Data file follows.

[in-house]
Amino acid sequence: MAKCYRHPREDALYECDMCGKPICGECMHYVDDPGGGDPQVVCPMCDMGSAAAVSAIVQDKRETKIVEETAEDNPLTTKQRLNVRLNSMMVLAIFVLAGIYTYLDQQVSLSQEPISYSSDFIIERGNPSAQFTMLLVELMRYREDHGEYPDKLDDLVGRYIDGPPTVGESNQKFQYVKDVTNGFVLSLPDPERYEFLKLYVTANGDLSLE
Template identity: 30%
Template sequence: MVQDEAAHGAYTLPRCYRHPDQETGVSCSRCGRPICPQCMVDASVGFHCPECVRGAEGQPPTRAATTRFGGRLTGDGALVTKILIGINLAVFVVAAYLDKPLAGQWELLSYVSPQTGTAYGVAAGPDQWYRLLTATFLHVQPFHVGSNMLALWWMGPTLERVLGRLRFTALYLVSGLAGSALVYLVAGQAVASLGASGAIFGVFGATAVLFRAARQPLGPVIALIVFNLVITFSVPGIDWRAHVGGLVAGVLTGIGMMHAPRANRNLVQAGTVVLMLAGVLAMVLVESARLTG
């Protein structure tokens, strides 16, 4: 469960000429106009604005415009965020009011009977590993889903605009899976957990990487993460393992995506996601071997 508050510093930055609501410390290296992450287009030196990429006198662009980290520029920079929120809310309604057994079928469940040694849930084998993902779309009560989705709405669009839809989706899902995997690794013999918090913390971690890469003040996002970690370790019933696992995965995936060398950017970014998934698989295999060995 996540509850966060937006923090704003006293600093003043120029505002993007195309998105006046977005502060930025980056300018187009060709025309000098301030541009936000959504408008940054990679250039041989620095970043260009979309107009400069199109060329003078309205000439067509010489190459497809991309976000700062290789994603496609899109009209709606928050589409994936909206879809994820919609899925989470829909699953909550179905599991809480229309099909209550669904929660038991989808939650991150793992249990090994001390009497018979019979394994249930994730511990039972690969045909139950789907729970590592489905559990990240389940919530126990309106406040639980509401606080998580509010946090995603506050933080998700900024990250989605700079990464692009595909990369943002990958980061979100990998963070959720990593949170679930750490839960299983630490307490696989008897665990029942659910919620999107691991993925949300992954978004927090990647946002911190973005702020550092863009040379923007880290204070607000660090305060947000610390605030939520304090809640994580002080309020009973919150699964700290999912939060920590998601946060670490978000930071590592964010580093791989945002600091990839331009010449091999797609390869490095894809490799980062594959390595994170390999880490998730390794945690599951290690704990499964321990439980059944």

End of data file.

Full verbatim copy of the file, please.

[in-house]
Amino acid sequence: MAKCYRHPREDALYECDMCGKPICGECMHYVDDPGGGDPQVVCPMCDMGSAAAVSAIVQDKRETKIVEETAEDNPLTTKQRLNVRLNSMMVLAIFVLAGIYTYLDQQVSLSQEPISYSSDFIIERGNPSAQFTMLLVELMRYREDHGEYPDKLDDLVGRYIDGPPTVGESNQKFQYVKDVTNGFVLSLPDPERYEFLKLYVTANGDLSLE
Template identity: 30%
Template sequence: MVQDEAAHGAYTLPRCYRHPDQETGVSCSRCGRPICPQCMVDASVGFHCPECVRGAEGQPPTRAATTRFGGRLTGDGALVTKILIGINLAVFVVAAYLDKPLAGQWELLSYVSPQTGTAYGVAAGPDQWYRLLTATFLHVQPFHVGSNMLALWWMGPTLERVLGRLRFTALYLVSGLAGSALVYLVAGQAVASLGASGAIFGVFGATAVLFRAARQPLGPVIALIVFNLVITFSVPGIDWRAHVGGLVAGVLTGIGMMHAPRANRNLVQAGTVVLMLAGVLAMVLVESARLTG
């Protein structure tokens, strides 16, 4: 469960000429106009604005415009965020009011009977590993889903605009899976957990990487993460393992995506996601071997 508050510093930055609501410390290296992450287009030196990429006198662009980290520029920079929120809310309604057994079928469940040694849930084998993902779309009560989705709405669009839809989706899902995997690794013999918090913390971690890469003040996002970690370790019933696992995965995936060398950017970014998934698989295999060995 996540509850966060937006923090704003006293600093003043120029505002993007195309998105006046977005502060930025980056300018187009060709025309000098301030541009936000959504408008940054990679250039041989620095970043260009979309107009400069199109060329003078309205000439067509010489190459497809991309976000700062290789994603496609899109009209709606928050589409994936909206879809994820919609899925989470829909699953909550179905599991809480229309099909209550669904929660038991989808939650991150793992249990090994001390009497018979019979394994249930994730511990039972690969045909139950789907729970590592489905559990990240389940919530126990309106406040639980509401606080998580509010946090995603506050933080998700900024990250989605700079990464692009595909990369943002990958980061979100990998963070959720990593949170679930750490839960299983630490307490696989008897665990029942659910919620999107691991993925949300992954978004927090990647946002911190973005702020550092863009040379923007880290204070607000660090305060947000610390605030939520304090809640994580002080309020009973919150699964700290999912939060920590998601946060670490978000930071590592964010580093791989945002600091990839331009010449091999797609390869490095894809490799980062594959390595994170390999880490998730390794945690599951290690704990499964321990439980059944």